Here, Rosa Ellis (@RosaEllis) blogs for SHOUT about the importance of a stable home. As Housing finally looms large in the forthcoming General Election, it's easy to forget that at the end of all the sound-bites are people and their lives, where security and affordability are key factors in providing a foundation for them to flourish.
A few years ago I faced redundancy. I loved my job but out of the blue the organisation no longer loved me back. Or so it felt.
Less than a year earlier I had left a better-paid job to do this one because it was in a sector I cared more about: international development. Moving to a small charity during a recession, perhaps I should have known the risk, but when you’re young and offered your dream job you don’t say no.
The prospect of leaving the sector I’d only just got into and losing my livelihood was scary. It got even scarier two weeks later when my partner who I live with was also made redundant.
When things go wrong a stable housing situation can make all the difference.
I’m fortunate to live in housing association that charges fair rents, only increases them by a fixed amount each year, and is fair to people when their situations change dramatically. Others aren’t so lucky.
I’ve seen friends go through redundancy and exorbitant rent increases at the same time. And so often non-financial problems are made a million times worse by precarious living situations. It’s hard to deal with ill family members an expensive train ride away when all your money goes on rent. It’s difficult to end relationships that should be ended when it means finding somewhere new to live within a budget.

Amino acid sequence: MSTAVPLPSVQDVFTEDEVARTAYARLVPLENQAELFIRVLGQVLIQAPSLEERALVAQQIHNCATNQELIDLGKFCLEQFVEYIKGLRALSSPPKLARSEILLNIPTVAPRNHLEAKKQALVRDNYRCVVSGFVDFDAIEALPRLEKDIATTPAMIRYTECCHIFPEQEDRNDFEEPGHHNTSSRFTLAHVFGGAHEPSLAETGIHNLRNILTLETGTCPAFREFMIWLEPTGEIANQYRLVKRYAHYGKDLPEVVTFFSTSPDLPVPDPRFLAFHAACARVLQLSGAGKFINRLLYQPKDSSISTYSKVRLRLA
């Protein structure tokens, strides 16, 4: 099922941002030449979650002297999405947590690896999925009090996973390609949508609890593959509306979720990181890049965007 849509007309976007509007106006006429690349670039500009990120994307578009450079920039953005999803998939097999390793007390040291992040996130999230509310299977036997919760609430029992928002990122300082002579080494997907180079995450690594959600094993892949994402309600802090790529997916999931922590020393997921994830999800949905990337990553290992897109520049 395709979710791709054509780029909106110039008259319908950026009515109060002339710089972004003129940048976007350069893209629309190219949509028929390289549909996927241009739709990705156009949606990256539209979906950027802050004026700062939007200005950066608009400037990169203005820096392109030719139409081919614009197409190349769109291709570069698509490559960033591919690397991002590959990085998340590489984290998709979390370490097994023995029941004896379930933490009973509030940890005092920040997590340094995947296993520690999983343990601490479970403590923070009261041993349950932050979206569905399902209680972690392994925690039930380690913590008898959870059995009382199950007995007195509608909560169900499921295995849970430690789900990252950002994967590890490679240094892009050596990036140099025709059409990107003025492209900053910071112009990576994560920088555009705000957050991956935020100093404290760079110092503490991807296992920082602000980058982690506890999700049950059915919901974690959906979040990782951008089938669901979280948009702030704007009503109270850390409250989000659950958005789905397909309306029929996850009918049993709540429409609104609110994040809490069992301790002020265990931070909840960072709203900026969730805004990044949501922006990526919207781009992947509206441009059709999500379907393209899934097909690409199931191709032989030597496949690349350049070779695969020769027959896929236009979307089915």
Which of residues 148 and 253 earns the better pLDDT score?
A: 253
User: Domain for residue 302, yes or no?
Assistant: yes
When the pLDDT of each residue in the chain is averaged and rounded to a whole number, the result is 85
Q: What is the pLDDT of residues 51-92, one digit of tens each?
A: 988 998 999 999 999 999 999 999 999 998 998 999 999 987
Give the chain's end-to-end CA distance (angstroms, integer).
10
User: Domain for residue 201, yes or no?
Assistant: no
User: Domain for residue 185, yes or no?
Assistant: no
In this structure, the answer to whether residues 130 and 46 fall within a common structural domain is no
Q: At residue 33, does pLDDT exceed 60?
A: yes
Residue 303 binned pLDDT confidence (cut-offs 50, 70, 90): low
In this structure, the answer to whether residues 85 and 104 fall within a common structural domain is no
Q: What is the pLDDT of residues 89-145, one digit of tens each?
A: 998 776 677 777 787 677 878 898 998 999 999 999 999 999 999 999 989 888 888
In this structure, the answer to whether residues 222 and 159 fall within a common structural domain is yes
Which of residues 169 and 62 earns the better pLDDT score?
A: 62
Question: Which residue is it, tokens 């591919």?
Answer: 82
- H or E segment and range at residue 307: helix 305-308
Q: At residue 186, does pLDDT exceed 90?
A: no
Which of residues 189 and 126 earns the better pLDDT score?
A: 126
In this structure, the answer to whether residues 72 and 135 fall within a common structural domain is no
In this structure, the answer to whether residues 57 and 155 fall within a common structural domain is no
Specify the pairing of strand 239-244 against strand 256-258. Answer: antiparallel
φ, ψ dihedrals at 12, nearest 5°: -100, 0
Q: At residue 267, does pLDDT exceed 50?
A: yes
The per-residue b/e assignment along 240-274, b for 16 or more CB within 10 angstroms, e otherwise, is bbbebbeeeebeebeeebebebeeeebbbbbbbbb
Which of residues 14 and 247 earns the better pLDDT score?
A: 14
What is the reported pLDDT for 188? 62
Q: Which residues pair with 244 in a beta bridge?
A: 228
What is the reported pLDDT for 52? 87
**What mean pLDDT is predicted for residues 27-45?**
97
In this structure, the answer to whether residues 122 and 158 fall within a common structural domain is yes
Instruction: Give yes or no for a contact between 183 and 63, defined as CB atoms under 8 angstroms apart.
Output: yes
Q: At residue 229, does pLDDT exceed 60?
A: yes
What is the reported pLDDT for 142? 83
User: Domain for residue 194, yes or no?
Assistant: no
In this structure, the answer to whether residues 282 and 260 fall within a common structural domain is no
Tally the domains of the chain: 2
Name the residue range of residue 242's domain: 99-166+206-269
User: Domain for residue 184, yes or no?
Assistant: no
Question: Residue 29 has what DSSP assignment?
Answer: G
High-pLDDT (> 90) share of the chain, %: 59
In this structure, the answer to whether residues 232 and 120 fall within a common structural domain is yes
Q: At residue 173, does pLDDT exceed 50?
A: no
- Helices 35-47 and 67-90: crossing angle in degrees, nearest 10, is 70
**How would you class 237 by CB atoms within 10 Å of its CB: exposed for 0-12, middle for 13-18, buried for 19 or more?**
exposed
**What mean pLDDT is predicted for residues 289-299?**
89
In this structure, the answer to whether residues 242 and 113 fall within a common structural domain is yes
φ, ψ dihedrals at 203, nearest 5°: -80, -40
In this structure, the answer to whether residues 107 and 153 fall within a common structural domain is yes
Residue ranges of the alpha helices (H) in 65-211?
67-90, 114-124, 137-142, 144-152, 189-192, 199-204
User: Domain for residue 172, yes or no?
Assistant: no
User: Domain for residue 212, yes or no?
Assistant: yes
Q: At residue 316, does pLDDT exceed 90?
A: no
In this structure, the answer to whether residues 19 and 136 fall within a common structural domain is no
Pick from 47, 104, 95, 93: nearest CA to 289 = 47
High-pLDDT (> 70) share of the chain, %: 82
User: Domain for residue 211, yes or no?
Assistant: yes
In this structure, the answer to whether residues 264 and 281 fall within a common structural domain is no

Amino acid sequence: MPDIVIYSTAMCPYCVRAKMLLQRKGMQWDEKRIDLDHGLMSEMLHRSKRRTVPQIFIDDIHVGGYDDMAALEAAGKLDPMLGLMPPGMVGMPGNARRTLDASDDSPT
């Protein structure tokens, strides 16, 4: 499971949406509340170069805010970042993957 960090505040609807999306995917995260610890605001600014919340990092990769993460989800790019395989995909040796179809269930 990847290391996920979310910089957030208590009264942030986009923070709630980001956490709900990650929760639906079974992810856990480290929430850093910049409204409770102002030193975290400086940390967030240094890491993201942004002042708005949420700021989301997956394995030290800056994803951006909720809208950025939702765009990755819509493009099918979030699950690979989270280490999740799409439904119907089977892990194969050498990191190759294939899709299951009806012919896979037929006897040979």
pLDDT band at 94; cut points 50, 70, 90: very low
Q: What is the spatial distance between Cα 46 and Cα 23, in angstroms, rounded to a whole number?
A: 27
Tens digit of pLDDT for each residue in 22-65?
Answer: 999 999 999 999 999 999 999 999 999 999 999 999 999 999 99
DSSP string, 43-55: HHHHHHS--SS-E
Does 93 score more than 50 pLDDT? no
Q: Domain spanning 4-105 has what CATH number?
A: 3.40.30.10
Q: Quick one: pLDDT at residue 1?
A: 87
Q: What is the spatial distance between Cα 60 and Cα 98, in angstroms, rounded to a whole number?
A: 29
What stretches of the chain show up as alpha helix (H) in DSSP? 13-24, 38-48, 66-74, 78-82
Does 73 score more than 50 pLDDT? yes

People are fragile; one in four of us will deal with a mental health problem each year, the most common issues being anxiety and depression. A Shelter poll earlier this year showed that over three million people are worried about paying their rent or mortgage. I think we’d be a lot less anxious as a nation if we had more stable housing.
When my partner and I both faced redundancy we didn’t crumble. But I’m no more resilient than the next person; I was at a huge advantage because I knew I wasn’t going to be packing my bags and relying on others for help.
When things go wrong, when relationships end, people die, money problems hit, a guaranteed place to live can provide that bit of stability that makes the difference between handling it or not. Those bricks, even if you don’t own them, become your rock.
Everyone deserves a stable living situation and housing associations provide that for thousands of people across the UK.
In an environment where some are suggesting that more of them should be sold off, social rented homes should be strengthened, We owe it to future generations to fight for them.